The general partner has unlimited liability for all obligations and debts of the partnership, however, the limited partners do not have any personal liability for the debts and obligations of the partnership as such. I've seen limited partnerships most often used as the structure of large real estate invesment deals–think large apartment complexes, commercial office parks, and strip malls. Essentially any sort of investment deal that's going to require large investments of cash from multiple investors.
In this scenario, the limited partners will have ownership but not any management authority and thus no liability for the debts associated with the business. Limited partners can vote on items associated with the operation of the business (as determined by the original agreement) but are not actively involved in the management of the business. In many cases, the limited partnerships will require that the limited partners vote as a majority when it involves the ousting of the general partner or the sale of an asset.
For tax purposes, limited partnerships are known as “pass through” entities. That means that the partnership itself pays no income tax. No worry about the double taxation issue that always comes up when looking at c-corps as an example. As an entity, the partnership does not pay taxes. All gains and losses flow straight through to the partners. The only tax filing done by a partnership is to itemize its income and expenses which then determines the net income of the partnership.
The net income then flows through to each partner and the gains/losses are reported on each individual's tax return.
Now, there are other legal issues that make a limited partnership desirable from an asset protection perspective, but that falls outside the scope of this post and as such I'm gonna leave that to your own legal counsel and research. Suffice it to say that you can gain substantial protection for your assets from lawsuits by using limited partnerships.
The Family Limited Partnership
In many cases, the Family Limited Partnership (FLP) is used to transfer highly appreciated stock to family members whether it be privately held stock or publicly traded common stock. The benefits of either sort of transfer are similar. There are certainly a lot of details that I've glossed over in both of those statements.
In fact, we've seen some headlines from popular publications that say things like, “Cut Your Estate Taxes in Half”. Gee if only I could get away with using such statements in our marketing! Although I have a feeling using statements like that would be come back to haunt me.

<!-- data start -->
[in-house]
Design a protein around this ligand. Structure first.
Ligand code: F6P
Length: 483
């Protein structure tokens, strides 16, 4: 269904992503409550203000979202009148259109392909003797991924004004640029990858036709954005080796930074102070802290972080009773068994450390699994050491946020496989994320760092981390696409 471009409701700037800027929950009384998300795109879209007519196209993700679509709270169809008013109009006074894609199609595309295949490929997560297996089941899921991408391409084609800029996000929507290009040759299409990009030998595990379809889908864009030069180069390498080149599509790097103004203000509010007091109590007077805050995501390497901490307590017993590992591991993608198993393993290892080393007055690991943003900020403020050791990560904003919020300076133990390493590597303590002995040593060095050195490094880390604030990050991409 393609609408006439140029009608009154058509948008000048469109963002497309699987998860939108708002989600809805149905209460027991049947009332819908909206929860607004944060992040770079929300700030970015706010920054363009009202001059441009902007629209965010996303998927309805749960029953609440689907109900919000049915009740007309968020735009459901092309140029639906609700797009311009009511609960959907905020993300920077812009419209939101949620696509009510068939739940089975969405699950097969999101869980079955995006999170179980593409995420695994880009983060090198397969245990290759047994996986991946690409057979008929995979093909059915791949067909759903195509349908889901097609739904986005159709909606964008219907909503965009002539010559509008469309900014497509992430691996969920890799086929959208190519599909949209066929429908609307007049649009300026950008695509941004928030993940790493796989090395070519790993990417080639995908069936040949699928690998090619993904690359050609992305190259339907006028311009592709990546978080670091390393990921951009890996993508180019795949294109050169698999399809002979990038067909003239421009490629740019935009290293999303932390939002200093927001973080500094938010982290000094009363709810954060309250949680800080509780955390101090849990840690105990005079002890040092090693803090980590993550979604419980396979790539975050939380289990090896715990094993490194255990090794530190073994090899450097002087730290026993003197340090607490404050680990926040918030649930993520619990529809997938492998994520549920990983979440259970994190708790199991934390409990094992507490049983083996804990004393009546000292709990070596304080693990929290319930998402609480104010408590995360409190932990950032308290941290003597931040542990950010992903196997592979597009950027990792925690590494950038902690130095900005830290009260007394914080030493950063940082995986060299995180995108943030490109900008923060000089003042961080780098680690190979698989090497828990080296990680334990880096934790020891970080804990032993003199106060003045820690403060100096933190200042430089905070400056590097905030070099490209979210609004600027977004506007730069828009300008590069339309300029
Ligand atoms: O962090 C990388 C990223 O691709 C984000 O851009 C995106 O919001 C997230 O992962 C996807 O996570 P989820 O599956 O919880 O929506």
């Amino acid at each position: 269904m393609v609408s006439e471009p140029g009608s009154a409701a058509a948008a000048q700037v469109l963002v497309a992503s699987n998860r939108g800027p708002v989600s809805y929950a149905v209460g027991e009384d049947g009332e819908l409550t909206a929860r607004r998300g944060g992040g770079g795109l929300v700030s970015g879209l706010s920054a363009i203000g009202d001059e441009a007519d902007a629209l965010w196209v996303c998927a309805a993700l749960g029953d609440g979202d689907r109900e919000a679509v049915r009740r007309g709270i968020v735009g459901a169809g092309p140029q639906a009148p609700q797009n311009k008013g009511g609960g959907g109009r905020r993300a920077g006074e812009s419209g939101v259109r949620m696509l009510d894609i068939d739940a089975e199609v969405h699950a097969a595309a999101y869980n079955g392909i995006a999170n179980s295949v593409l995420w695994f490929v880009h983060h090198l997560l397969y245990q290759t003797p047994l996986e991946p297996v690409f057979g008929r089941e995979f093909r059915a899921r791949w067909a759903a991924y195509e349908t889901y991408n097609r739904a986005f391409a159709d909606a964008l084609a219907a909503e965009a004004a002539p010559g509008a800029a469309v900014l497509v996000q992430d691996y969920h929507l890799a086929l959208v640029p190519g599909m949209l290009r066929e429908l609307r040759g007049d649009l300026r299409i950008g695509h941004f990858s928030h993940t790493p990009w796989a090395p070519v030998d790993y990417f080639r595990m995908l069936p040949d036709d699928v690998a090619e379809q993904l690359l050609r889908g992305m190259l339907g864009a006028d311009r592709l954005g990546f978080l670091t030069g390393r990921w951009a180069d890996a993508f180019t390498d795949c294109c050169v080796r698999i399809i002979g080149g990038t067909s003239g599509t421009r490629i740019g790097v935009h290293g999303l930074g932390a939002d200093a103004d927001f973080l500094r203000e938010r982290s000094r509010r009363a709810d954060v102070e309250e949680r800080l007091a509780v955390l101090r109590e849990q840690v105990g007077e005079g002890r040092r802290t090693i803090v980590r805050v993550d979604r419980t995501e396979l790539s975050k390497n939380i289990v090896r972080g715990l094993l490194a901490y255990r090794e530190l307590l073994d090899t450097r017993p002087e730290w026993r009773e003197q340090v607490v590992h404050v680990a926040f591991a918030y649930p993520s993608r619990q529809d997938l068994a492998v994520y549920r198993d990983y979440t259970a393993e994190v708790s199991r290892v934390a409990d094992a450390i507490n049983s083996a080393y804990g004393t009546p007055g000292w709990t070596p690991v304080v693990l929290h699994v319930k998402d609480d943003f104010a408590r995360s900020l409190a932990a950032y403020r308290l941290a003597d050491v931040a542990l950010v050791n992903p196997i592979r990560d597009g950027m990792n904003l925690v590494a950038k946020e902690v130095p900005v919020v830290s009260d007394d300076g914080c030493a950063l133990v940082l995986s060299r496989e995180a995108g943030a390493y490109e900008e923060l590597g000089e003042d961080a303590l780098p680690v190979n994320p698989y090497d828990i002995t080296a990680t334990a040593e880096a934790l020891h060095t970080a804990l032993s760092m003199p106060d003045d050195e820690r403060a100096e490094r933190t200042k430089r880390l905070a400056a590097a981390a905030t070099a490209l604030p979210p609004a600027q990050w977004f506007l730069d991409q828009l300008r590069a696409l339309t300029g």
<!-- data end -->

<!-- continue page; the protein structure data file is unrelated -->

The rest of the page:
As a matter of full disclosure that I don't provide legal advice of any kind I'd like to suggest that based on all the research I've done on the topic and the case law I've studied regarding the topic, I'd suggest that the IRS would very much prefer you not wait to attempt these sort of transfers on your death bed. I suggest you read through this page that discusses the particular nuance of death bed transfers and how the IRS, Federal Appeals courts etc. have said so.
The best strategy to take full advantage of the FLP is to make your transfers early in your wealth building years and then allow your assets to appreciate inside the limited partnership and thus outside of your estate.
A classic example of this that almost everyone is familiar with comes from Sam Walton, the founder of Wal-Mart.
Here's an account of the story as detailed by Larry W. Gibbs:
According to Sam Walton as he detailed in his book, Sam Walton: Made In America, “What little we had at the time we put into that partnership with our kids. . . .” They call their family partnership Walton Enterprises. Wal-Mart grew out of this partnership. The ownership of real estate, area banks, and a newspaper also grew out of Walton Enterprises.
Sam Walton died in April of 1992. At the time of his death, Sam Walton only owned a 10% interest in the partnership. Helen owned another 10% interest. Although his book is not specific in detail, it appears that Sam Walton's 10% interest in the partnership passed to a marital trust for Helen Walton (deferring the estate tax) and will, upon Helen Walton's death) pass to one or more family charities (producing a zero estate tax).